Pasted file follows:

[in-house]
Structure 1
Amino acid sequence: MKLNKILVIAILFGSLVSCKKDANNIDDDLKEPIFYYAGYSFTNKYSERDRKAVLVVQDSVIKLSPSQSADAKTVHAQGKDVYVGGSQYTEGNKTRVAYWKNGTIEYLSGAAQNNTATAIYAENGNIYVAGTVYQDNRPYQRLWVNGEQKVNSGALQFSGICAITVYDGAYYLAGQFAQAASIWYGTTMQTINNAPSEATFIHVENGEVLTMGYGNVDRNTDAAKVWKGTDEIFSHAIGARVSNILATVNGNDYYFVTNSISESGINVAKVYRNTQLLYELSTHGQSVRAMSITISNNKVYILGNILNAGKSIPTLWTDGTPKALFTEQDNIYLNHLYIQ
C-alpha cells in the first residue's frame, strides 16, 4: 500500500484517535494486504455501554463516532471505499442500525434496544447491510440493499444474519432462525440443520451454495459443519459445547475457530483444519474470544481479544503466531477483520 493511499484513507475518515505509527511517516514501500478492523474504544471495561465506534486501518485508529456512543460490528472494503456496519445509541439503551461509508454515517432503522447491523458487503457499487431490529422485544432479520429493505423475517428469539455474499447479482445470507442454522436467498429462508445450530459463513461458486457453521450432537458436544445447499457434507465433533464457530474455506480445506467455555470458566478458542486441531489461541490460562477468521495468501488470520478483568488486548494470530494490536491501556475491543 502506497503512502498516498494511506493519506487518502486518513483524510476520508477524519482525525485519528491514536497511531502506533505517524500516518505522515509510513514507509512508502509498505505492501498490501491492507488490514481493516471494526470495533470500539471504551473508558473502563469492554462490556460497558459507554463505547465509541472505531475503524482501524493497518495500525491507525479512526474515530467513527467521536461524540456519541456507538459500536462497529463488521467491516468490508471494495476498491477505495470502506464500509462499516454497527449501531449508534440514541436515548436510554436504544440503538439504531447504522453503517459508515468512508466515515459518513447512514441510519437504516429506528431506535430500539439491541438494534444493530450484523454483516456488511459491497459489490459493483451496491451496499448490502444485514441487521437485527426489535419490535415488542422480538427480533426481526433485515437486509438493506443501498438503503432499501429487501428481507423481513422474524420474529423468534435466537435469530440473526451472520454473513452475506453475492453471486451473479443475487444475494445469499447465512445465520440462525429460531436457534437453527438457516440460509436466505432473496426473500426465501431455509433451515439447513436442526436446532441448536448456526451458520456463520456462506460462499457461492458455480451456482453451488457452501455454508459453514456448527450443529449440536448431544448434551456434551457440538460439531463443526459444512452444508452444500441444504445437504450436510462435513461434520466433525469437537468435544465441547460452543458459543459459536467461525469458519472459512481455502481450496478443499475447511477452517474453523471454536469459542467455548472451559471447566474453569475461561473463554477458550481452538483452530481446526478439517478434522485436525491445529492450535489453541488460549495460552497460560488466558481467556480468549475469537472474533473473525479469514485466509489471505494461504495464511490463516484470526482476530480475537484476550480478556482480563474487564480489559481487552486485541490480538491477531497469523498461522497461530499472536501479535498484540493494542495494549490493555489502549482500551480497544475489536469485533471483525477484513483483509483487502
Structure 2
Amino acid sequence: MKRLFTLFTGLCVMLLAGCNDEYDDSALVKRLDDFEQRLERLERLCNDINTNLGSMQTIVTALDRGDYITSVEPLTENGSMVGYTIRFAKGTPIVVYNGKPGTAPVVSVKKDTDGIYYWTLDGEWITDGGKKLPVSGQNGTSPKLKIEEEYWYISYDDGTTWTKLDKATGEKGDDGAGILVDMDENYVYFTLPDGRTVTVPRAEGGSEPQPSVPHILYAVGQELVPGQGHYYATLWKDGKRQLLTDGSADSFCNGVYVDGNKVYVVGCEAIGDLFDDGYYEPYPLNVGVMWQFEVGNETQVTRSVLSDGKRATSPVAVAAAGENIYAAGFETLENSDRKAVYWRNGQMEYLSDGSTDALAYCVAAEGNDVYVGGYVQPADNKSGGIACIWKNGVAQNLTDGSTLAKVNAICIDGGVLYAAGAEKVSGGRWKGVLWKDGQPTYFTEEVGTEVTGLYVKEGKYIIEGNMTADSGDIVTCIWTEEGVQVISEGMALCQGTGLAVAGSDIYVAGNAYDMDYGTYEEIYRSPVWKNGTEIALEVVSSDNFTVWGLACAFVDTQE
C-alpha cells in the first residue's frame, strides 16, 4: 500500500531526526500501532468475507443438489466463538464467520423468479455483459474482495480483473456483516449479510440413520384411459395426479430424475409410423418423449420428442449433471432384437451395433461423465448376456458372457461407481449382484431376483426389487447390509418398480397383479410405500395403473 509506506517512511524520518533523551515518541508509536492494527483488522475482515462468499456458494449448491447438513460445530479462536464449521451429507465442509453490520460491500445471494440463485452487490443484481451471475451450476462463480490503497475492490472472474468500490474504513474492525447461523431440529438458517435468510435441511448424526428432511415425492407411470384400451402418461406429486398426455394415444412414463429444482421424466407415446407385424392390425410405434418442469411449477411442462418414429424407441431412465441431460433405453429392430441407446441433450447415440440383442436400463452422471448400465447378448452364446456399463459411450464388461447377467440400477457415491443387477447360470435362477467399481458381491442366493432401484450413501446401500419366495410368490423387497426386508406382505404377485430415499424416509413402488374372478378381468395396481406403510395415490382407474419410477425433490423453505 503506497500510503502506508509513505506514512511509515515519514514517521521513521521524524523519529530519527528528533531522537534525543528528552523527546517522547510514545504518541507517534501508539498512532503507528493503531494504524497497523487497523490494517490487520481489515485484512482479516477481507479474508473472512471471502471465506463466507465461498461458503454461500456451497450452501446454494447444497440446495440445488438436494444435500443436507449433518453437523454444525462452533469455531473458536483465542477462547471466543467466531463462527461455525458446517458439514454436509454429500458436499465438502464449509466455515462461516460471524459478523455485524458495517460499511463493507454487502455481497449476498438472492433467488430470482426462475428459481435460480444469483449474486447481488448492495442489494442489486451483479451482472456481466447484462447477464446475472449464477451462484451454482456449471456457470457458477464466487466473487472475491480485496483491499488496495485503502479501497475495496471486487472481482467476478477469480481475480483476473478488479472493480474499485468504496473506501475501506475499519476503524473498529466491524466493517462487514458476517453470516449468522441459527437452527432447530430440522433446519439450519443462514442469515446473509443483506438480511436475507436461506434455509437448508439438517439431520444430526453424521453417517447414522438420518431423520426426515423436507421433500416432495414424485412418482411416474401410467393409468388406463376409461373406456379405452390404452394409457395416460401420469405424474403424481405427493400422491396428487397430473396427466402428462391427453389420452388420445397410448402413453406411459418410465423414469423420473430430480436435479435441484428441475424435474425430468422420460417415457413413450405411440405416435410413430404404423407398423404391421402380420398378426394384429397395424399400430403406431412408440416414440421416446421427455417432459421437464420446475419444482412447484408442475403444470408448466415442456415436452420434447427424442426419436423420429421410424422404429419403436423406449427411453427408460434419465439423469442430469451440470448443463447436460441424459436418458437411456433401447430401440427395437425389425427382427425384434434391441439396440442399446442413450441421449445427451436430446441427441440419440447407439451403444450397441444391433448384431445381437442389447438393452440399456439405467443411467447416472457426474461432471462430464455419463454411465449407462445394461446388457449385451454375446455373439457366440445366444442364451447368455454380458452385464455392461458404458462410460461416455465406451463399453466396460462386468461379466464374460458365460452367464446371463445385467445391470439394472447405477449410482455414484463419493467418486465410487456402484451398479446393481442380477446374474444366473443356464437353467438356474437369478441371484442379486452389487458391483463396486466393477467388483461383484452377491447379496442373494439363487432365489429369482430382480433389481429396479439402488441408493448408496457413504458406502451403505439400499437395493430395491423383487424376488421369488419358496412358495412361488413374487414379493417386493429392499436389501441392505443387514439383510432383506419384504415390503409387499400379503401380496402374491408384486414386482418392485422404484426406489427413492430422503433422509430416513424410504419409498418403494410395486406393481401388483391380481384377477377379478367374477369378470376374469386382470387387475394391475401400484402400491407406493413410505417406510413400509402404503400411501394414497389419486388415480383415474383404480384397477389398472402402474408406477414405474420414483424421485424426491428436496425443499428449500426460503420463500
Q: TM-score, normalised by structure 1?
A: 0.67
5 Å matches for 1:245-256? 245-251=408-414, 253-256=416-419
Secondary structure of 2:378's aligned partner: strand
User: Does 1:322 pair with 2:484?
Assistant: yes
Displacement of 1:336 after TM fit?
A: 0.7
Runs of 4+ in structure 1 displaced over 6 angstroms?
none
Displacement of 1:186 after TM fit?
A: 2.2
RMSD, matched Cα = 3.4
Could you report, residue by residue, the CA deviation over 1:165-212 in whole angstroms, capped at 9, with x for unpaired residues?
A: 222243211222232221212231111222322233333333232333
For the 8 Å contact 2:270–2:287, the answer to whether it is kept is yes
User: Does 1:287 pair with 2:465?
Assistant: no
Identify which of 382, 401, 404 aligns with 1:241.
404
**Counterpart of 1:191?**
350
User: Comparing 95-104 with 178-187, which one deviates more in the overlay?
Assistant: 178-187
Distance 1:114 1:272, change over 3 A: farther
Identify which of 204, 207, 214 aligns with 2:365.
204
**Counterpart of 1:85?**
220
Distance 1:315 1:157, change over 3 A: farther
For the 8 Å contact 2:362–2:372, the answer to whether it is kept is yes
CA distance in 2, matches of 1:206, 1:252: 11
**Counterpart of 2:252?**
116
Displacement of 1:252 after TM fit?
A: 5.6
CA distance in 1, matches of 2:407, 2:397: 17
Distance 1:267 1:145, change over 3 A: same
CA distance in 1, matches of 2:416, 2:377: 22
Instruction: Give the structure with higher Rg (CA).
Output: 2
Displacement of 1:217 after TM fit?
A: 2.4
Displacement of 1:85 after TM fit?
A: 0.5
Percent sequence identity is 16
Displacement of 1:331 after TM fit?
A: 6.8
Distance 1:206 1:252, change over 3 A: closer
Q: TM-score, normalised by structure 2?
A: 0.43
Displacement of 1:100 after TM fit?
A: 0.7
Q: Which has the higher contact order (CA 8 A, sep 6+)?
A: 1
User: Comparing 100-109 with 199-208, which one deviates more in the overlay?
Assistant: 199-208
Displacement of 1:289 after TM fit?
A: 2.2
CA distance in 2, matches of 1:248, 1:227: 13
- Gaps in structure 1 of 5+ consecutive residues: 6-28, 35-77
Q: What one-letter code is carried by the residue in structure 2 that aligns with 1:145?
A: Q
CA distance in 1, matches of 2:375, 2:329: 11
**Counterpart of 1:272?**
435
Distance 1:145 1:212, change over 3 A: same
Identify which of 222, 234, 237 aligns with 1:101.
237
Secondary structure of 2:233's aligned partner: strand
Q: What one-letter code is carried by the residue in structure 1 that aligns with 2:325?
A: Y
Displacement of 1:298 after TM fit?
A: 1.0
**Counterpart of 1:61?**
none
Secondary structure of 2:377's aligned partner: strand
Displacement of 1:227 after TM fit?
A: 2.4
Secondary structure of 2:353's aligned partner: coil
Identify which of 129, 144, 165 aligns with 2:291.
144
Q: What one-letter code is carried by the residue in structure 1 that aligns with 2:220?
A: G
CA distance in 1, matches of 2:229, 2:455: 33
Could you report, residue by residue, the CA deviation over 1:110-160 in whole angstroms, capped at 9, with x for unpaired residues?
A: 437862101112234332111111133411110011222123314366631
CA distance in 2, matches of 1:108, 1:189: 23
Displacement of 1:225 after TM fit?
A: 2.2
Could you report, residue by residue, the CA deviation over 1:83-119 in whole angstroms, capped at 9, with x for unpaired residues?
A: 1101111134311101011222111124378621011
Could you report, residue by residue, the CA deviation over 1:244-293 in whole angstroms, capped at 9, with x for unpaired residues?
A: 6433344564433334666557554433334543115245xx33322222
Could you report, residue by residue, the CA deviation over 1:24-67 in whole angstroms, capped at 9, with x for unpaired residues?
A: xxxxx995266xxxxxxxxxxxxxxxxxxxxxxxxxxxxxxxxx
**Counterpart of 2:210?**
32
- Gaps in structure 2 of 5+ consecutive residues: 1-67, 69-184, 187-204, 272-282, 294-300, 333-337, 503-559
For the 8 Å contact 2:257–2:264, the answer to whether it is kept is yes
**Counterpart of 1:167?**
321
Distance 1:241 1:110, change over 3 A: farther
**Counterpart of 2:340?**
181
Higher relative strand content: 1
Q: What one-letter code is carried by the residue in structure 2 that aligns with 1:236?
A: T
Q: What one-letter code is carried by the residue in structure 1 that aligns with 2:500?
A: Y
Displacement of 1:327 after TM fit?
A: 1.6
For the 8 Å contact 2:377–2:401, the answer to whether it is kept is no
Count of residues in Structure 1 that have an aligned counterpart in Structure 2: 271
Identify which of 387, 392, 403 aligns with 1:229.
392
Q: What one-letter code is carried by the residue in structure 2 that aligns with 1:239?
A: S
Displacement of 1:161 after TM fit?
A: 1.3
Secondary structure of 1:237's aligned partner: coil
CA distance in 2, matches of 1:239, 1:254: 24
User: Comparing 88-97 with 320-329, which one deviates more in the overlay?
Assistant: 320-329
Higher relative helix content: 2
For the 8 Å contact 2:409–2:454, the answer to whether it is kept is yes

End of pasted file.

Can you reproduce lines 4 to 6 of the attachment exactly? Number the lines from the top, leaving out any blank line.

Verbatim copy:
C-alpha cells in the first residue's frame, strides 16, 4: 500500500484517535494486504455501554463516532471505499442500525434496544447491510440493499444474519432462525440443520451454495459443519459445547475457530483444519474470544481479544503466531477483520 493511499484513507475518515505509527511517516514501500478492523474504544471495561465506534486501518485508529456512543460490528472494503456496519445509541439503551461509508454515517432503522447491523458487503457499487431490529422485544432479520429493505423475517428469539455474499447479482445470507442454522436467498429462508445450530459463513461458486457453521450432537458436544445447499457434507465433533464457530474455506480445506467455555470458566478458542486441531489461541490460562477468521495468501488470520478483568488486548494470530494490536491501556475491543 502506497503512502498516498494511506493519506487518502486518513483524510476520508477524519482525525485519528491514536497511531502506533505517524500516518505522515509510513514507509512508502509498505505492501498490501491492507488490514481493516471494526470495533470500539471504551473508558473502563469492554462490556460497558459507554463505547465509541472505531475503524482501524493497518495500525491507525479512526474515530467513527467521536461524540456519541456507538459500536462497529463488521467491516468490508471494495476498491477505495470502506464500509462499516454497527449501531449508534440514541436515548436510554436504544440503538439504531447504522453503517459508515468512508466515515459518513447512514441510519437504516429506528431506535430500539439491541438494534444493530450484523454483516456488511459491497459489490459493483451496491451496499448490502444485514441487521437485527426489535419490535415488542422480538427480533426481526433485515437486509438493506443501498438503503432499501429487501428481507423481513422474524420474529423468534435466537435469530440473526451472520454473513452475506453475492453471486451473479443475487444475494445469499447465512445465520440462525429460531436457534437453527438457516440460509436466505432473496426473500426465501431455509433451515439447513436442526436446532441448536448456526451458520456463520456462506460462499457461492458455480451456482453451488457452501455454508459453514456448527450443529449440536448431544448434551456434551457440538460439531463443526459444512452444508452444500441444504445437504450436510462435513461434520466433525469437537468435544465441547460452543458459543459459536467461525469458519472459512481455502481450496478443499475447511477452517474453523471454536469459542467455548472451559471447566474453569475461561473463554477458550481452538483452530481446526478439517478434522485436525491445529492450535489453541488460549495460552497460560488466558481467556480468549475469537472474533473473525479469514485466509489471505494461504495464511490463516484470526482476530480475537484476550480478556482480563474487564480489559481487552486485541490480538491477531497469523498461522497461530499472536501479535498484540493494542495494549490493555489502549482500551480497544475489536469485533471483525477484513483483509483487502
Structure 2
Amino acid sequence: MKRLFTLFTGLCVMLLAGCNDEYDDSALVKRLDDFEQRLERLERLCNDINTNLGSMQTIVTALDRGDYITSVEPLTENGSMVGYTIRFAKGTPIVVYNGKPGTAPVVSVKKDTDGIYYWTLDGEWITDGGKKLPVSGQNGTSPKLKIEEEYWYISYDDGTTWTKLDKATGEKGDDGAGILVDMDENYVYFTLPDGRTVTVPRAEGGSEPQPSVPHILYAVGQELVPGQGHYYATLWKDGKRQLLTDGSADSFCNGVYVDGNKVYVVGCEAIGDLFDDGYYEPYPLNVGVMWQFEVGNETQVTRSVLSDGKRATSPVAVAAAGENIYAAGFETLENSDRKAVYWRNGQMEYLSDGSTDALAYCVAAEGNDVYVGGYVQPADNKSGGIACIWKNGVAQNLTDGSTLAKVNAICIDGGVLYAAGAEKVSGGRWKGVLWKDGQPTYFTEEVGTEVTGLYVKEGKYIIEGNMTADSGDIVTCIWTEEGVQVISEGMALCQGTGLAVAGSDIYVAGNAYDMDYGTYEEIYRSPVWKNGTEIALEVVSSDNFTVWGLACAFVDTQE